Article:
GCC countries this year will face weaker oil output compared to 2018 levels, due to the production cuts agreed by OPEC+ nations in December, according to Moody’s Investors Service.
‘Along with lower oil prices, weaker oil output will put pressure on fiscal deficits and weaken external positions, especially in Bahrain, Oman, Saudi Arabia and Kuwait, leading to faster debt accumulation than we previously expected’, Moody’s said in its GCC Sovereigns report released on Wednesday.
The ratings agency expects oil prices to remain moderate over the medium term, which will weaken GCC sovereigns’ fiscal positions. ‘We expect oil prices to average US$62 per barrel in 2019 and 2020, around the midpoint of our US$50-70 medium term projection range and down from the US$71 per barrel average in 2018’.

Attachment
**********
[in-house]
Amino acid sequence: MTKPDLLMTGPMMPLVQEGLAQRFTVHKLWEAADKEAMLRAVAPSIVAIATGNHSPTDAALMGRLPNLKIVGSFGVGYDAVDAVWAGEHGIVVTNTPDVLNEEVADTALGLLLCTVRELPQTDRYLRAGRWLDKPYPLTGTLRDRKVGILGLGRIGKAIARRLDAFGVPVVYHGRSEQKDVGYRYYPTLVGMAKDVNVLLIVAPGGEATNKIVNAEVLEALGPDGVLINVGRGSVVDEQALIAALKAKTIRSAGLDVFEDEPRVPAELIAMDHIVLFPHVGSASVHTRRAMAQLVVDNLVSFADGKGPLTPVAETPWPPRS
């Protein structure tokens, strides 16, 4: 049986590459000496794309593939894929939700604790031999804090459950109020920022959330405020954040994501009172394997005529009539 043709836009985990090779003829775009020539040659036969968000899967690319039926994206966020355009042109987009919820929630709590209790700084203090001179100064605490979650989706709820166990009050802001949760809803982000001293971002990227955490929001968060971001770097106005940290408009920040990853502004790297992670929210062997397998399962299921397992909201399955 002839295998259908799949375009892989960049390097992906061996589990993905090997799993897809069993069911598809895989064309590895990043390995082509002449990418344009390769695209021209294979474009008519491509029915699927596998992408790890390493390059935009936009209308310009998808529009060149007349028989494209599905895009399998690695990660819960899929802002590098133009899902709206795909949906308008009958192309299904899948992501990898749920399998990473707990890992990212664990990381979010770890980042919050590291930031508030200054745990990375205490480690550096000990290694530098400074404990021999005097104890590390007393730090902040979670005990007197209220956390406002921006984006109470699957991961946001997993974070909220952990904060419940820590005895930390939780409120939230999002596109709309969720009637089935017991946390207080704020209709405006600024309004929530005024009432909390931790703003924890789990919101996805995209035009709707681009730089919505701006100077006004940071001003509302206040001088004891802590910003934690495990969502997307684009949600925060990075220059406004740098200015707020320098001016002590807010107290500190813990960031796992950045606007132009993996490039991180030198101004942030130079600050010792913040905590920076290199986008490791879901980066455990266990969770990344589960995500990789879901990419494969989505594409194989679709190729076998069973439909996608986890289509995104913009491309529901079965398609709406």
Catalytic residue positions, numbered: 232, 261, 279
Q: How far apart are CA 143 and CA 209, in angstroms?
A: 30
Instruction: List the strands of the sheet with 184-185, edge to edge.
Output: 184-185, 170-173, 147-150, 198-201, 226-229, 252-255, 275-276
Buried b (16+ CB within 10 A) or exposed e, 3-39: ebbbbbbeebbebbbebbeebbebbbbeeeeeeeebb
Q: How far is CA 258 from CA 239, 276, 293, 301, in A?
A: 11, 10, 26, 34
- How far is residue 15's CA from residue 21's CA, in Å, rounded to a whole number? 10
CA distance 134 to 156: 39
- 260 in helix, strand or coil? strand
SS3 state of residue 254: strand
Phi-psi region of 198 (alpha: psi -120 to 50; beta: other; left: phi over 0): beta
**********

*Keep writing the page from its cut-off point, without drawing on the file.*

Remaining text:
In 2019, Moody’s expect fiscal deficits will widen by 6.9 per cent of GDP in Kuwait, 3.7 per cent in Oman, and one per cent in Saudi Arabia, compared to its estimates for 2018.
‘In Qatar and the UAE, where we previously expected budgetary surpluses in 2019, we now project small fiscal deficits. In Bahrain, fiscal deterioration on account of more moderate oil prices will be more than offset by consolidation under the GCC support programme’, Moody’s said.
It said that higher budgetary spending will support a modest acceleration in non-oil growth in most GCC countries. ‘Despite weaker overall economic expansion, the expected acceleration in non-oil growth will help to cement popular support for ongoing gradual reforms and to curb increases in unemployment.’
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